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Lindow Man

Originally Published May 2009.

Lindow Man

Liindow Man display in the British Museum

In 1984 a preserved body found at Lindow Moss (15 km south of Manchester) re-awoke an interest in early Celtic religion and possible sacrifices. The top half of a male body was preserved so well that police feared it was a murder murder victim, but radio carbon dating indicated that the body was almost 2000 years old. Similar to the “bog bodies” found in Ireland, Denmark and Germany, it had been encased in a layer of waterlogged oxygen-free vegetation which preserved much of the soft tissues including skin, hair and fingernails.

Lindow Man’s (aka “Pete Marsh”) official name is now Lindow II as there are other finds from the area. Lindow I refers to two human skulls, Lindow III to fragments of a headless body, and Lindow IV to the upper thigh of an adult male (possibly the leg of Lindow II -I’ve seen no indication that a DNA comparison has yet been performed, but peat bogs such as Lindow Moss are generally poor for such a purpose, and it is unlikely that DNA could be recovered from Lindow Man). He was the first such body found in Britain during modern times, and comes from the end of the Iron Age, or about the 1st century CE. Removal of the peat surrounding him revealed a healthy, well-fed, bearded man. He was naked, except for a fox fur band around his left arm, and a cord around his throat. About his mid-twenties when he died, he displayed no earlier signs of disease or injury, save for evidence of intestinal worms. An examination of his fingernails showed no evidence that he was a laborer or agricultural worker, therefore suggesting he may have been a man of wealth or status.

The cause of death appeared to be threefold. He was struck two, or three times in the back of the head with something like a narrow-bladed ax. The nature of the wound was that it was not immediately fatal, although death probably would have followed in a matter of hours. Then the cord that was around his neck was used to strangle him -probably by twisting a stick under it until it was so tight that it actually broke his neck. He was probably dead at this point, but his throat was then also cut before he was deposited in the bog.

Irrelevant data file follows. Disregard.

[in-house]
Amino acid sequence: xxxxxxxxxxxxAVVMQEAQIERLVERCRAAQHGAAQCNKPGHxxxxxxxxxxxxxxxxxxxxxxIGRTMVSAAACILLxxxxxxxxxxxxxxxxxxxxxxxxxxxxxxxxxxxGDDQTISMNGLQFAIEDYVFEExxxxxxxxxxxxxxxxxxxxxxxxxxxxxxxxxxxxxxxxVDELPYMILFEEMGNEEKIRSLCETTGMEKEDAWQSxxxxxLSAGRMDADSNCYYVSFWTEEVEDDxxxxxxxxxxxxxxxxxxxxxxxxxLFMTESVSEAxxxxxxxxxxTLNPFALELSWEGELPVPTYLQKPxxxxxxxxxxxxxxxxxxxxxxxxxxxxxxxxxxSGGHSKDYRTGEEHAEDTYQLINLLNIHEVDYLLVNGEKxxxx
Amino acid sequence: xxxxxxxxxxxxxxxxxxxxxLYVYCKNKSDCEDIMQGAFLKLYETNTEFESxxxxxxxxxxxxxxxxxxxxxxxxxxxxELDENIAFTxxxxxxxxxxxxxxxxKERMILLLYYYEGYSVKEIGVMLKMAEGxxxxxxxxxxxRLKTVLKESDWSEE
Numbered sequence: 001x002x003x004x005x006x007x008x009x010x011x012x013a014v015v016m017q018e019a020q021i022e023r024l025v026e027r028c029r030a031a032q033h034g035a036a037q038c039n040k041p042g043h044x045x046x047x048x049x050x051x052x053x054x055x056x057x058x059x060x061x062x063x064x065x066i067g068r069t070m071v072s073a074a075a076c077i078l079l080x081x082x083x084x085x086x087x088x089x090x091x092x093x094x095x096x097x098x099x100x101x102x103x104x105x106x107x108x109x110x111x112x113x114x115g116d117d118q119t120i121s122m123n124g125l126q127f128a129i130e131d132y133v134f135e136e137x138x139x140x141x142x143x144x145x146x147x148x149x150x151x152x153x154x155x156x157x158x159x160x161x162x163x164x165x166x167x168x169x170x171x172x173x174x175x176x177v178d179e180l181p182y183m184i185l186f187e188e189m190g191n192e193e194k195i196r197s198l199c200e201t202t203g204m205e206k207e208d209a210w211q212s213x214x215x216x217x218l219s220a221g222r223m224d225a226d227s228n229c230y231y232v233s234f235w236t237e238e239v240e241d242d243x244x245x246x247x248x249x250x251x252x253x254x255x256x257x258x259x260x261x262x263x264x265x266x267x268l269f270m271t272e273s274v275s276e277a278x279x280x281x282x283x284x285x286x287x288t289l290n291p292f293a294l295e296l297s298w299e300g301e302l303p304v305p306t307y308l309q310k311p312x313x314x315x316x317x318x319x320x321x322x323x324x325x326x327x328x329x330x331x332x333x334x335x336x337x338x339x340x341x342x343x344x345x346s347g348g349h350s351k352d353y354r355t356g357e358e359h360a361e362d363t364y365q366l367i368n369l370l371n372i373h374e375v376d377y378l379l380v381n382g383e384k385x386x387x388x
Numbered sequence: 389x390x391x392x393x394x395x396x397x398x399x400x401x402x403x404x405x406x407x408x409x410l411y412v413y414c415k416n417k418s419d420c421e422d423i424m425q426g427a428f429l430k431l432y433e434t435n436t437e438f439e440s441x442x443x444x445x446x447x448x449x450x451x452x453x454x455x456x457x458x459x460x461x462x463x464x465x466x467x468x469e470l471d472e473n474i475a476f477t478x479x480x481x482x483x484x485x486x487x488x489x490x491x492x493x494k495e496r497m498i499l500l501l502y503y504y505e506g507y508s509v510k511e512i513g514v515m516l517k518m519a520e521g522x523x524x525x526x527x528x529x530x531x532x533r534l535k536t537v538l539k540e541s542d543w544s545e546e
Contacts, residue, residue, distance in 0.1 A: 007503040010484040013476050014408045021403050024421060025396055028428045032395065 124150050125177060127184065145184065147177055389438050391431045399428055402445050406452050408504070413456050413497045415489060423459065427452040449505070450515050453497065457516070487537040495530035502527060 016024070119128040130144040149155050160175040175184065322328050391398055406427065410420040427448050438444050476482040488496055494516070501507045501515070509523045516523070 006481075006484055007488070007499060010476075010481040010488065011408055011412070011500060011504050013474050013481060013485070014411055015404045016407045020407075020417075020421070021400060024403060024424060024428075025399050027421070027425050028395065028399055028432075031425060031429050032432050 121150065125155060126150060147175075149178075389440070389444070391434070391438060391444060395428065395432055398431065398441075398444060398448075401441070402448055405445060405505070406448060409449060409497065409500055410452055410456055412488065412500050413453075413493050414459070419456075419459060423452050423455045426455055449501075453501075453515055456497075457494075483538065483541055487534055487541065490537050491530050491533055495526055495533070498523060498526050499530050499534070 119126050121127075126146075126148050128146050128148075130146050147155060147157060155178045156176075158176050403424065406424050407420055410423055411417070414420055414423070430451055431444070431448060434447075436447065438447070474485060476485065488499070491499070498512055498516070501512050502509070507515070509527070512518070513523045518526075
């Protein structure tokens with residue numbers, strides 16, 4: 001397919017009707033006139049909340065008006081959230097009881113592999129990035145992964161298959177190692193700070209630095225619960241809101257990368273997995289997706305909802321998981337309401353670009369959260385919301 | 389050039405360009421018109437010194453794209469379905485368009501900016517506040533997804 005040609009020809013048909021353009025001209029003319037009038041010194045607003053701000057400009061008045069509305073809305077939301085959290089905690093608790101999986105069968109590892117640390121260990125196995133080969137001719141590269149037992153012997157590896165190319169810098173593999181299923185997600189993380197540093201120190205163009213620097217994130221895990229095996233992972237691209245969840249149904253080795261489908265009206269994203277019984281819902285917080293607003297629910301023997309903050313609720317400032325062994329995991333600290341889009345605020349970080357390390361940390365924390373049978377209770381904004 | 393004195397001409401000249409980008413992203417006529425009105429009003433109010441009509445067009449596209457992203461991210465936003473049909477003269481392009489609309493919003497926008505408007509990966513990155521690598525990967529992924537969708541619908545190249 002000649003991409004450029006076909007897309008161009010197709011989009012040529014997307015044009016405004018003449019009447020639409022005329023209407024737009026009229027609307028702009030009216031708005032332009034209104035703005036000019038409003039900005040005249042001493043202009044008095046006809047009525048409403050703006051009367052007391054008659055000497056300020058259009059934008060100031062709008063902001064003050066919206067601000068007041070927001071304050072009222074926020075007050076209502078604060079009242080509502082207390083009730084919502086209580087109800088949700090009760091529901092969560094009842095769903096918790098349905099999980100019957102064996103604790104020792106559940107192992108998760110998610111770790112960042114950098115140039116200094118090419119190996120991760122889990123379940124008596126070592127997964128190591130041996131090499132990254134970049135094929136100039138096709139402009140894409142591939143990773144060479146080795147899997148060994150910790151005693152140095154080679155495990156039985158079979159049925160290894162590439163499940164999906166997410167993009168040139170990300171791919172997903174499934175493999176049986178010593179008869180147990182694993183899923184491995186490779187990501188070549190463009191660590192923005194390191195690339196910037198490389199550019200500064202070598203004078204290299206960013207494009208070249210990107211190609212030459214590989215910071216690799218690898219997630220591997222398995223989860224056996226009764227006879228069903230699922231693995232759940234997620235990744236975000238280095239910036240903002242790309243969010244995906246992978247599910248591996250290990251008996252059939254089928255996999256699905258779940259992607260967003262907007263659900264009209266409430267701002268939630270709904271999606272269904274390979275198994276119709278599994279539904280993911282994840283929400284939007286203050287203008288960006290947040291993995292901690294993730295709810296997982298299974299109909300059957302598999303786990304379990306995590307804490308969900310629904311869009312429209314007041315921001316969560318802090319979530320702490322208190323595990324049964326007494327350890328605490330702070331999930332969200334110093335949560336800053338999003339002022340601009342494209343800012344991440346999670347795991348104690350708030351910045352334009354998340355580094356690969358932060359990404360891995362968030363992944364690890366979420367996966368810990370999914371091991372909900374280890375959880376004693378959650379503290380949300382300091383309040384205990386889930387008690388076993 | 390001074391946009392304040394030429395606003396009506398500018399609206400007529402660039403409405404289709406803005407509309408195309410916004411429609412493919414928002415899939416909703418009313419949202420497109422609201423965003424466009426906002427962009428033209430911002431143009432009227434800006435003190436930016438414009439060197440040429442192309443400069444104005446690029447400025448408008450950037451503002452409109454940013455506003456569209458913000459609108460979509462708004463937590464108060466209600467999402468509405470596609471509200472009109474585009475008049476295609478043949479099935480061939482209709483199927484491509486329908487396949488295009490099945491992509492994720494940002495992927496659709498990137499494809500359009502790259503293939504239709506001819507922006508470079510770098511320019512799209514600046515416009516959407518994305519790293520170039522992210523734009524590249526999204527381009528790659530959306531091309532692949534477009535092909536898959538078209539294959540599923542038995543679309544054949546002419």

Due to the complexity of his death, the theory is that Lindow II represents a human sacrifice, the initial blow possibly delivered to minimize suffering by rendering him unconscious. One scholar has even suggested that the triple-death was intended to affect three gods -the different modes of death were meant to influence different gods. Based on he contents of his stomach and intestines, his last meal and probable diet had been mostly of cereals. An intriguing detail was the presence in his stomach of a few grains of mistletoe pollen. No fragments of the plant were in evidence, so it has been speculated that a sprig of the plant, which is said to have been ritually important to the Druids) had been dipped in his drink, or ceremonially brushed on his last meal.

After the scientific examinations were complete, the body was preserved through a freeze-drying process and it placed in a custom-made, temperature and moisture controlled, display case. He can normally be viewed at the British Museum, however until April 2009 he has been on display in the Manchester Museum. (A reconstruction of Lindow Man’s probable appearance in life.

In time, examination of trace elements in his hair and fingernails may reveal other interesting tidbits about his life, but according to the British Museum: “research has allowed us to learn more about this person, his health, his appearance and how he might have died than any other prehistoric person found in Britain.”

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